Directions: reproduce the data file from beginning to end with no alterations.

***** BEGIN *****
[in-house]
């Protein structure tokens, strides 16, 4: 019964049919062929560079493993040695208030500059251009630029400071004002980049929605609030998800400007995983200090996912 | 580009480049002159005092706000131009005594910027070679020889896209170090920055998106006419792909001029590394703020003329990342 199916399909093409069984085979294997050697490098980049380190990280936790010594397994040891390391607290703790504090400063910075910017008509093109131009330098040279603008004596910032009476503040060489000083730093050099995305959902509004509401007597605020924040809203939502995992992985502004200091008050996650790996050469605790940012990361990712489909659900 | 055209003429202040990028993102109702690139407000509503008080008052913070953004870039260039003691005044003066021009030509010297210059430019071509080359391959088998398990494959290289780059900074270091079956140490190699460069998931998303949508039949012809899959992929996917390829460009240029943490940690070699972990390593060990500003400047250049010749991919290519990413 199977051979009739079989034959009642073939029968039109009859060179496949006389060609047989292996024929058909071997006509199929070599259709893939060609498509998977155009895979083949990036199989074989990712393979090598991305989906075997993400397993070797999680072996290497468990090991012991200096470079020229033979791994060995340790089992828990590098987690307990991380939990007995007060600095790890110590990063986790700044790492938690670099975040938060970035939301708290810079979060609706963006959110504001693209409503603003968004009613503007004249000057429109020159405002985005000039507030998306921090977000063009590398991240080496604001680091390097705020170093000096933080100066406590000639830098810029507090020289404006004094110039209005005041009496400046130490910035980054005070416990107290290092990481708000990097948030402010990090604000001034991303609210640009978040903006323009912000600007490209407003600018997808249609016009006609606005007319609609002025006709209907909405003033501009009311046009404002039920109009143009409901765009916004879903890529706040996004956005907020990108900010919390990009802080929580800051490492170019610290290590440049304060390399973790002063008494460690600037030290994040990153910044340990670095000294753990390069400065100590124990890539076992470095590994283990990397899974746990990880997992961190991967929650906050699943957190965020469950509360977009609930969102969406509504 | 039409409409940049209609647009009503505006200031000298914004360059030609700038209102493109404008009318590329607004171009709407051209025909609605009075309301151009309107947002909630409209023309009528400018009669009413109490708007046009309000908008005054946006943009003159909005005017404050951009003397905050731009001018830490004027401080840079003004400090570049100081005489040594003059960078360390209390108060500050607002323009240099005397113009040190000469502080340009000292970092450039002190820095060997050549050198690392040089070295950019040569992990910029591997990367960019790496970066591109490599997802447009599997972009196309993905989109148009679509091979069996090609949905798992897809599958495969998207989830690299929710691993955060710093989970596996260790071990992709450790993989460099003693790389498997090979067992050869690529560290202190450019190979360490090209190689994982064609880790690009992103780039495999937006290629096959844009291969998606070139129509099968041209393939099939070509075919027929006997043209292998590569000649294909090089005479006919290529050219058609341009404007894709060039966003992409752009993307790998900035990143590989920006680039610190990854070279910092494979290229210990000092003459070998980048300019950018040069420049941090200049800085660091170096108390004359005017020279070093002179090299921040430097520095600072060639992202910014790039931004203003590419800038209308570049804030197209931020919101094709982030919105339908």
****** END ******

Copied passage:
[in-house]
């Protein structure tokens, strides 16, 4: 019964049919062929560079493993040695208030500059251009630029400071004002980049929605609030998800400007995983200090996912 | 580009480049002159005092706000131009005594910027070679020889896209170090920055998106006419792909001029590394703020003329990342 199916399909093409069984085979294997050697490098980049380190990280936790010594397994040891390391607290703790504090400063910075910017008509093109131009330098040279603008004596910032009476503040060489000083730093050099995305959902509004509401007597605020924040809203939502995992992985502004200091008050996650790996050469605790940012990361990712489909659900 | 055209003429202040990028993102109702690139407000509503008080008052913070953004870039260039003691005044003066021009030509010297210059430019071509080359391959088998398990494959290289780059900074270091079956140490190699460069998931998303949508039949012809899959992929996917390829460009240029943490940690070699972990390593060990500003400047250049010749991919290519990413 199977051979009739079989034959009642073939029968039109009859060179496949006389060609047989292996024929058909071997006509199929070599259709893939060609498509998977155009895979083949990036199989074989990712393979090598991305989906075997993400397993070797999680072996290497468990090991012991200096470079020229033979791994060995340790089992828990590098987690307990991380939990007995007060600095790890110590990063986790700044790492938690670099975040938060970035939301708290810079979060609706963006959110504001693209409503603003968004009613503007004249000057429109020159405002985005000039507030998306921090977000063009590398991240080496604001680091390097705020170093000096933080100066406590000639830098810029507090020289404006004094110039209005005041009496400046130490910035980054005070416990107290290092990481708000990097948030402010990090604000001034991303609210640009978040903006323009912000600007490209407003600018997808249609016009006609606005007319609609002025006709209907909405003033501009009311046009404002039920109009143009409901765009916004879903890529706040996004956005907020990108900010919390990009802080929580800051490492170019610290290590440049304060390399973790002063008494460690600037030290994040990153910044340990670095000294753990390069400065100590124990890539076992470095590994283990990397899974746990990880997992961190991967929650906050699943957190965020469950509360977009609930969102969406509504 | 039409409409940049209609647009009503505006200031000298914004360059030609700038209102493109404008009318590329607004171009709407051209025909609605009075309301151009309107947002909630409209023309009528400018009669009413109490708007046009309000908008005054946006943009003159909005005017404050951009003397905050731009001018830490004027401080840079003004400090570049100081005489040594003059960078360390209390108060500050607002323009240099005397113009040190000469502080340009000292970092450039002190820095060997050549050198690392040089070295950019040569992990910029591997990367960019790496970066591109490599997802447009599997972009196309993905989109148009679509091979069996090609949905798992897809599958495969998207989830690299929710691993955060710093989970596996260790071990992709450790993989460099003693790389498997090979067992050869690529560290202190450019190979360490090209190689994982064609880790690009992103780039495999937006290629096959844009291969998606070139129509099968041209393939099939070509075919027929006997043209292998590569000649294909090089005479006919290529050219058609341009404007894709060039966003992409752009993307790998900035990143590989920006680039610190990854070279910092494979290229210990000092003459070998980048300019950018040069420049941090200049800085660091170096108390004359005017020279070093002179090299921040430097520095600072060639992202910014790039931004203003590419800038209308570049804030197209931020919101094709982030919105339908």